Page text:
New gold high “within shouting distance”

“Bullion is now back to within shouting distance of its early December high,” notes Mark Hulbert in a MarketWatch column. “The $64,000 question now, of course, is whether gold’s rally will soon take the yellow metal into new high territory. Contrarians are betting that it will.” Noting that “the average gold timer is still allocating more than half of his gold portfolio to cash,” Hulbert says “there is a lot of sideline cash ready at a moment’s notice to be shifted into the gold market to propel gold higher.” Could the spark for that move come from the Middle East’s explosive turmoil? We don’t know. Read more

Silver’s smoking-hot streak

On a tear unseen since the notorious Hunt brothers cornered the market in 1980, silver prices hit a series of new 31-year highs this week and indeed set a new all-time record when priced in euros. By the time you read this, the white metal may have already cracked the $34 mark. Hedge funds have helped boost silver by increasing their net-long positions on the Comex in the longest streak since September. “With the Middle East deteriorating, and the threat of inflation, you’ve got the big money flowing back into silver and precious metals,” said Matt Zeman of LaSalle Futures Group. Read more

Asian demand pumping up gold

A World Gold Council report illustrates the gold rush occurring in Asia’s rapidly expanding emerging-market economies, led by China and India.

China: Gold investment in China jumped 70 percent last year and consumption by the jewelry sector gained to a record as investors stepped up purchases of the precious metal as a store of value, the council reported. Read more

India: Gold imports by India, the largest consumer, climbed to a record in 2010, driven by a surge in jewelry demand and amid expectations that the 10-year rally in prices would extend, the council said. “The rising price of gold, particularly in the latter half of the year, created a ‘virtuous circle’ of higher price expectations among Indian consumers, which fueled purchases, thereby further driving up local prices.” Read more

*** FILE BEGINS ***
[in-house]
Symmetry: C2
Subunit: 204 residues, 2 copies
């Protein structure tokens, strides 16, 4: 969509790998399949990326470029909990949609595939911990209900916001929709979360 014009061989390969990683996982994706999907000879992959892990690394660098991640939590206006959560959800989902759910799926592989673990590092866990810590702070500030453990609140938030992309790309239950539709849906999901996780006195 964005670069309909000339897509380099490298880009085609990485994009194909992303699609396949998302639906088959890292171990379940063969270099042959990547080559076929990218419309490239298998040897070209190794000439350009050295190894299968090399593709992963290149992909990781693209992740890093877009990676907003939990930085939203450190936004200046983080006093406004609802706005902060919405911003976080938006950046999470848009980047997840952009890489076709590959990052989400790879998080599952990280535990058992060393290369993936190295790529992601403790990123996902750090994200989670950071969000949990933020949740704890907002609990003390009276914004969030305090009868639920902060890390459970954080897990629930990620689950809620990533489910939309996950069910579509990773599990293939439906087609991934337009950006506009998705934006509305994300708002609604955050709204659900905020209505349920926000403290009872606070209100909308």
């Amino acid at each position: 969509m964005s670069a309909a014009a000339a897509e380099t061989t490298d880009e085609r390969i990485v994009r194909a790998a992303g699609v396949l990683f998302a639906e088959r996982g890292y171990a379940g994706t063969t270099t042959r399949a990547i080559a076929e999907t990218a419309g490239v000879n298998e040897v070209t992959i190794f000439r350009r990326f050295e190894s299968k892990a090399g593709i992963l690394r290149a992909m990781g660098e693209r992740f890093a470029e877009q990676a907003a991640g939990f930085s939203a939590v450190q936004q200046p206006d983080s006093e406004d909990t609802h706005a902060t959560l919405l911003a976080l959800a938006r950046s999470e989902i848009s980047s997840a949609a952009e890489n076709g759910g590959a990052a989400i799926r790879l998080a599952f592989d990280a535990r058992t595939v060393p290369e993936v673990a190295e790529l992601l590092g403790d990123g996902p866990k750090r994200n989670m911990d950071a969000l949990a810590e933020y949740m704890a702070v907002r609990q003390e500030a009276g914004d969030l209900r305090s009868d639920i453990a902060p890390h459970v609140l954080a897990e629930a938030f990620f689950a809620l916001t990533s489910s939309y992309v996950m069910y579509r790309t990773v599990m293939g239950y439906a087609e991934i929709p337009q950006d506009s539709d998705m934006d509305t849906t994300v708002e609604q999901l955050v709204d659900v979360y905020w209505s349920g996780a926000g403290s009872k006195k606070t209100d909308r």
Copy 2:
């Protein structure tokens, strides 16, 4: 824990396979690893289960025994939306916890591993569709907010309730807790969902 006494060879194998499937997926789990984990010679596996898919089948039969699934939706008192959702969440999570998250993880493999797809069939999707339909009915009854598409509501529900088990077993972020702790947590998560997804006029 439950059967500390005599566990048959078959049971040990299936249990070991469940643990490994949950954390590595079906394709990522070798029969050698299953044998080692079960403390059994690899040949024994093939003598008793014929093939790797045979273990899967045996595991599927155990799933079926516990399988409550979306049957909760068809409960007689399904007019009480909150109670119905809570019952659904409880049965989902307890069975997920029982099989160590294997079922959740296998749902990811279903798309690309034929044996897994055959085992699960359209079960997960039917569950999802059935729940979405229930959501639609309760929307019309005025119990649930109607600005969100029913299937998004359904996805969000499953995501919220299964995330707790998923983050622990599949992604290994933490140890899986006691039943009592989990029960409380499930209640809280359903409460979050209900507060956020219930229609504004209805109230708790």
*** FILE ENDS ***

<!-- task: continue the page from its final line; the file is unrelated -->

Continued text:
“The fire of the love trade”

Fear but also love motivates people to snap up gold, notes U.S. Global Investors chief Frank Holmes in analyzing the council’s report: “The love trade is significant and unique to gold. People buy gold out of love and those in emerging markets are especially amorous of the metal. In fact, the four strongest markets for gold jewelry demand (India, Hong Kong, China and Russia) accounted for 60 percent of the entire jewelry market in 2010. … If countries like China and India continue to grow by 7 to 9 percent a year, the corresponding rise in incomes should keep the fire of the love trade burning. In this scenario, gold can continue to slowly appreciate.” Read more

A “staggering” Chinese gold standard

“China’s grab for gold is accelerating at a rapid pace, and it’s raising questions about the country’s ultimate intentions,” notes Alix Steel of The Street. “It’s unknown how much of that gold was consumed by citizens or its central bank, but the question still remains: What will China do with all that gold? There is a controversial theory percolating in the gold community that China wants the yuan to become the world’s reserve currency and is buying gold and silver in order to do it. A Chinese gold standard? The idea is staggering and not to mention fraught with difficulties.” Read more

helocopter ben Double barreled threat sends gold past $1,400“Disgust” drives states back to gold